Turkish President Erdogan Defends Putin, Says Biden Comments ‘Not Fitting Of A President’
Turkish President Recep Tayyip Erdoğan called President Joe Biden’s recent comments about Russian President Vladimir Putin “unacceptable” amid a diplomatic spat this week between the U.S. and Russian leaders.
“Mr. Biden’s statements about Mr. Putin are not fitting of a president, and a president coming out and using such remarks against the president of a country like Russia is truly unacceptable, not something that can be stomached,” Erdoğan told reporters Friday in Istanbul, according to Reuters.
“In my opinion, Mr. Putin has done what is necessary by giving a very, very smart and elegant answer,” he added.
— Abdullah Bozkurt (@abdbozkurt) March 19, 2021
Tensions between the U.S. and Russia flared up this week after Biden told ABC’s George Stephanopoulos in an interview Wednesday that Putin is a “killer” and would “pay a price” for interfering in American elections. Biden also confirmed prior reports he personally told Putin in 2011 that the Russian president does not “have a soul.”
Biden’s comments came after an unclassified report from the Office of the Director of National Intelligence released the day before detailed both Russian and Iranian attempts to influence the 2020 election.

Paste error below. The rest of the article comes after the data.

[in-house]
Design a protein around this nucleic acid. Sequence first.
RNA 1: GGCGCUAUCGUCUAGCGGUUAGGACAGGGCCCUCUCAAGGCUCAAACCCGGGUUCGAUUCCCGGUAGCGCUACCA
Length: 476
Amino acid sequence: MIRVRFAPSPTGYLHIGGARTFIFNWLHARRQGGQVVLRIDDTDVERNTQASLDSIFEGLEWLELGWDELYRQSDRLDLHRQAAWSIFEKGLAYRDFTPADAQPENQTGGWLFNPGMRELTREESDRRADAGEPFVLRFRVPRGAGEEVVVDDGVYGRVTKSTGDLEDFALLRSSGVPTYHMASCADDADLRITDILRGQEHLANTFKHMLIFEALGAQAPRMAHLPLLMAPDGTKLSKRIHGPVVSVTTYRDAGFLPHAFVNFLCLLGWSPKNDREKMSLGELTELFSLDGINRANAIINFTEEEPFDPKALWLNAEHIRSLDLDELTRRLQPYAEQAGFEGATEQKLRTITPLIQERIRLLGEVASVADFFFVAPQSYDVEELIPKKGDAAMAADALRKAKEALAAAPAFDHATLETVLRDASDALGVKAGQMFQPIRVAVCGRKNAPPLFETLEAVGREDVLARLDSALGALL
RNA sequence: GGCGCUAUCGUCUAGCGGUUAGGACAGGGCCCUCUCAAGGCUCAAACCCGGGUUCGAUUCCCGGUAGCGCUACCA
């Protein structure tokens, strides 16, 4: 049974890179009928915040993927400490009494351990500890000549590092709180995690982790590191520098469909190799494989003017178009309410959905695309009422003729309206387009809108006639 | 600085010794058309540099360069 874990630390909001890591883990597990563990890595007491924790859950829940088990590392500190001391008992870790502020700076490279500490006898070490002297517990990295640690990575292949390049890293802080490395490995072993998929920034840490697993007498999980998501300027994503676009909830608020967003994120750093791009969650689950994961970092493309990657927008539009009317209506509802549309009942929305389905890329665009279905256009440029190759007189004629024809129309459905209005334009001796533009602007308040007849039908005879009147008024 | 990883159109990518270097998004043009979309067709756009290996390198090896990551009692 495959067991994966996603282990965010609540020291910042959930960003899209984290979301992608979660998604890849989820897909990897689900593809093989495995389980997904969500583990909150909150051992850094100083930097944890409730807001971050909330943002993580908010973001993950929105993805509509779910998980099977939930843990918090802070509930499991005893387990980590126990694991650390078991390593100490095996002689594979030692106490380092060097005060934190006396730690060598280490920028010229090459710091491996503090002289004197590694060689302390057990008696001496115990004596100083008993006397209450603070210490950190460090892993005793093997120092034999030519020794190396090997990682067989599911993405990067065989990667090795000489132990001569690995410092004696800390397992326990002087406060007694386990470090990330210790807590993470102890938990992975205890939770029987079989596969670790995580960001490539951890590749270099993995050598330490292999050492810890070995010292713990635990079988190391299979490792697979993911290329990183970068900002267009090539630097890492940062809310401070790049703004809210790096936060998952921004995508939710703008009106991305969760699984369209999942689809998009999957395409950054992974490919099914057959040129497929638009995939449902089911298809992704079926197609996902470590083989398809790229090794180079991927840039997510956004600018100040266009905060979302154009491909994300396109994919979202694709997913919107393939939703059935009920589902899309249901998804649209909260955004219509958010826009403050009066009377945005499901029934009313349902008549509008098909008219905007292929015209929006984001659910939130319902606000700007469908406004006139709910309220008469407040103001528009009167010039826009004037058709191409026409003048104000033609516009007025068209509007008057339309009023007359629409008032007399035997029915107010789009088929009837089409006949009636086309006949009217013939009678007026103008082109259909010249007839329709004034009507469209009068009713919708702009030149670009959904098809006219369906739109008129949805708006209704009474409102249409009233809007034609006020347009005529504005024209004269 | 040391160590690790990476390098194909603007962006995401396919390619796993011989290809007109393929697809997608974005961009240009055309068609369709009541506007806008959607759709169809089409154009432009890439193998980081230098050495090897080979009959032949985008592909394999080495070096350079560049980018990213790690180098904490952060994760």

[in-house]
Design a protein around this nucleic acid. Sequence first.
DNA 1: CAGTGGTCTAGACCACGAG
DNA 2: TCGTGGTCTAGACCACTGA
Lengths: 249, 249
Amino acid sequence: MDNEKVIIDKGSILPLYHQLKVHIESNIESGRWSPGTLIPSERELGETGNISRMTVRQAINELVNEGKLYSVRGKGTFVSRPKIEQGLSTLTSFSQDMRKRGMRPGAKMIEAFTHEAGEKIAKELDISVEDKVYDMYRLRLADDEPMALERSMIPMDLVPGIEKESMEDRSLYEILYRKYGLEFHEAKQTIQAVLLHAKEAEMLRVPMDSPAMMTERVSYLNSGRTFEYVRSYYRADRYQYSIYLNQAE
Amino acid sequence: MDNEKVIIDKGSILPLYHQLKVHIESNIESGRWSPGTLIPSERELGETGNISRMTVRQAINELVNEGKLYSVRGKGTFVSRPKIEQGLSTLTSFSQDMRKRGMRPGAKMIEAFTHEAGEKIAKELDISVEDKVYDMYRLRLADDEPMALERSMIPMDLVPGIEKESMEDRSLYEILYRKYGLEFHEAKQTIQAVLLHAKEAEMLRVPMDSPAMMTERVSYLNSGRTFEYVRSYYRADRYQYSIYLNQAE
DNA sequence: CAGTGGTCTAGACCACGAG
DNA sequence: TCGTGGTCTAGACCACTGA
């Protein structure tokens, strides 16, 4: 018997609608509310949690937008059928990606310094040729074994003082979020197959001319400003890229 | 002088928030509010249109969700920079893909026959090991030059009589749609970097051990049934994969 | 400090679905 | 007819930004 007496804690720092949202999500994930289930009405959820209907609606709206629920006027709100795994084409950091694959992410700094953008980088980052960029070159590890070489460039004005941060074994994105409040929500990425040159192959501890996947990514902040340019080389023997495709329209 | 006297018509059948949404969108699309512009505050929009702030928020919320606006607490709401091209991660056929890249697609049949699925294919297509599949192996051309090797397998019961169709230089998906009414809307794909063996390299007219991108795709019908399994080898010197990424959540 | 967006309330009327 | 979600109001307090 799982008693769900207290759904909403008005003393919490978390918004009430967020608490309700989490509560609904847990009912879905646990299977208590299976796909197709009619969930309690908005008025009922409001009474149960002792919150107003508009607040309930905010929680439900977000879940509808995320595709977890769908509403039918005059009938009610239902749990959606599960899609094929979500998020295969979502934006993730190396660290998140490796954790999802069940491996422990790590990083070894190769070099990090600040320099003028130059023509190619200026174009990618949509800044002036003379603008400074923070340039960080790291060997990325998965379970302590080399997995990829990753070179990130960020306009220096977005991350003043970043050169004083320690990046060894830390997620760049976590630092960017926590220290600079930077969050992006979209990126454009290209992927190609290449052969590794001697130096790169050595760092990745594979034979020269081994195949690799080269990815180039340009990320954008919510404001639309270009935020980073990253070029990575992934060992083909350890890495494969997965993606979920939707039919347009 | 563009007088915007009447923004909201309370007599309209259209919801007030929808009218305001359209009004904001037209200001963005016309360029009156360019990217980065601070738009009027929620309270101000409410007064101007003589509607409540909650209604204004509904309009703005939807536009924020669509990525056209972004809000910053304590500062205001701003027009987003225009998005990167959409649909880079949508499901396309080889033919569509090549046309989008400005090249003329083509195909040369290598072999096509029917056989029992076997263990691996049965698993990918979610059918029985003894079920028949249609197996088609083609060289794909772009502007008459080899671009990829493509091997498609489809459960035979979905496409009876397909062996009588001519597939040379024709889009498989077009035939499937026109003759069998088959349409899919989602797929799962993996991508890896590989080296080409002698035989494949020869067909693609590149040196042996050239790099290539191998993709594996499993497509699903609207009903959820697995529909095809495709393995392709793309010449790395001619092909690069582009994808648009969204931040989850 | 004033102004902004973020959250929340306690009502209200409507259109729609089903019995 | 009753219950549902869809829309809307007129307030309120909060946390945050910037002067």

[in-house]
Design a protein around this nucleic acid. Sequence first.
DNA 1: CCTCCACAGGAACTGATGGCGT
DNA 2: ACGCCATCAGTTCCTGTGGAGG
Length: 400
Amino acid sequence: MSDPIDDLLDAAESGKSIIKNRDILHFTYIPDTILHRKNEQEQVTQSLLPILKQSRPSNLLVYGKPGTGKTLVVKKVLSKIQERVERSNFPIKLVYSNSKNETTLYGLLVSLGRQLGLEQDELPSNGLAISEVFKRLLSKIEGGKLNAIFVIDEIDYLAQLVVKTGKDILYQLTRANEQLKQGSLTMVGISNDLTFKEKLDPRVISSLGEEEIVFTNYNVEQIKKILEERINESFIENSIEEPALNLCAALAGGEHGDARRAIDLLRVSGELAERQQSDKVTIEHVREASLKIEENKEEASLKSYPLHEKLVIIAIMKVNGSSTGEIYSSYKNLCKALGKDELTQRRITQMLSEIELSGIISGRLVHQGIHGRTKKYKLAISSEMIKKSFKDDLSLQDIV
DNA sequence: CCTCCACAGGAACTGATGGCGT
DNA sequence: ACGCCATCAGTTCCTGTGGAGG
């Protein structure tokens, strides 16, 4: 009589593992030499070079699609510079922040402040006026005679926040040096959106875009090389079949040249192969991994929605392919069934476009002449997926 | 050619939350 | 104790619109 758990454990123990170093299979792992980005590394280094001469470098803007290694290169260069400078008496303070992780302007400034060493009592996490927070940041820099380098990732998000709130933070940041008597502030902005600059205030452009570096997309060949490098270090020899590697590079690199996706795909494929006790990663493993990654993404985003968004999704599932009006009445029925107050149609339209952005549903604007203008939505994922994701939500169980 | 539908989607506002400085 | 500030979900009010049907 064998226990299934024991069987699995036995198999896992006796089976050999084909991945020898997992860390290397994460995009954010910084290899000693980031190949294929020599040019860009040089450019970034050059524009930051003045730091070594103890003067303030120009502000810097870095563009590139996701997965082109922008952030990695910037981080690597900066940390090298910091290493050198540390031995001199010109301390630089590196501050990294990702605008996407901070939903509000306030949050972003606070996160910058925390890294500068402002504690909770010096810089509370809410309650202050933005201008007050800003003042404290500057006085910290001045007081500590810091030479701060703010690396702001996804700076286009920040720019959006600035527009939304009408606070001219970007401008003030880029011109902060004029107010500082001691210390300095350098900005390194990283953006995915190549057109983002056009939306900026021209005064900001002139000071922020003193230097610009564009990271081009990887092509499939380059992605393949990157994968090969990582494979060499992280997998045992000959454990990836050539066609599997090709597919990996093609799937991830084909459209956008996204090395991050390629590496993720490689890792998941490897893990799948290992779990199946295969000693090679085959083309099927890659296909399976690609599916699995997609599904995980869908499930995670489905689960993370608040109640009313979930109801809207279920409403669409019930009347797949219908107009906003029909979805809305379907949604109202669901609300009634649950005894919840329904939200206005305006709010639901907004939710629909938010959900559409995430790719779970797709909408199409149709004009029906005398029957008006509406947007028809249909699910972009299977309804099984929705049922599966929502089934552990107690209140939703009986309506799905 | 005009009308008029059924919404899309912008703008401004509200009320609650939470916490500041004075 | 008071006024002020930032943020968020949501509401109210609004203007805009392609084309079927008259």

Responding to Biden’s “killer” remark, Putin said Thursday that “it takes one to know one” and wished his American counterpart “good health.” The Russian president later fired another shot at Biden by challenging him to a debate on live television. (RELATED: Russia Recalls Ambassador After President Biden Calls Putin A ‘Killer’ With No Soul)
Erdoğan’s involvement in the Biden-Putin spat highlights growing strategic relations between Turkey and Russia, despite the two countries backing opposing sides in Middle East conflicts and an initial diplomatic breakdown in 2015 when Turkey shot down a Russian aircraft.
Relations between the U.S. and Turkey, both members of NATO, have faced hurdles in recent years. The U.S. has previously scrutinized Turkey for its human rights record, purchase of Russian weapons and diverging priorities in the Syrian civil war.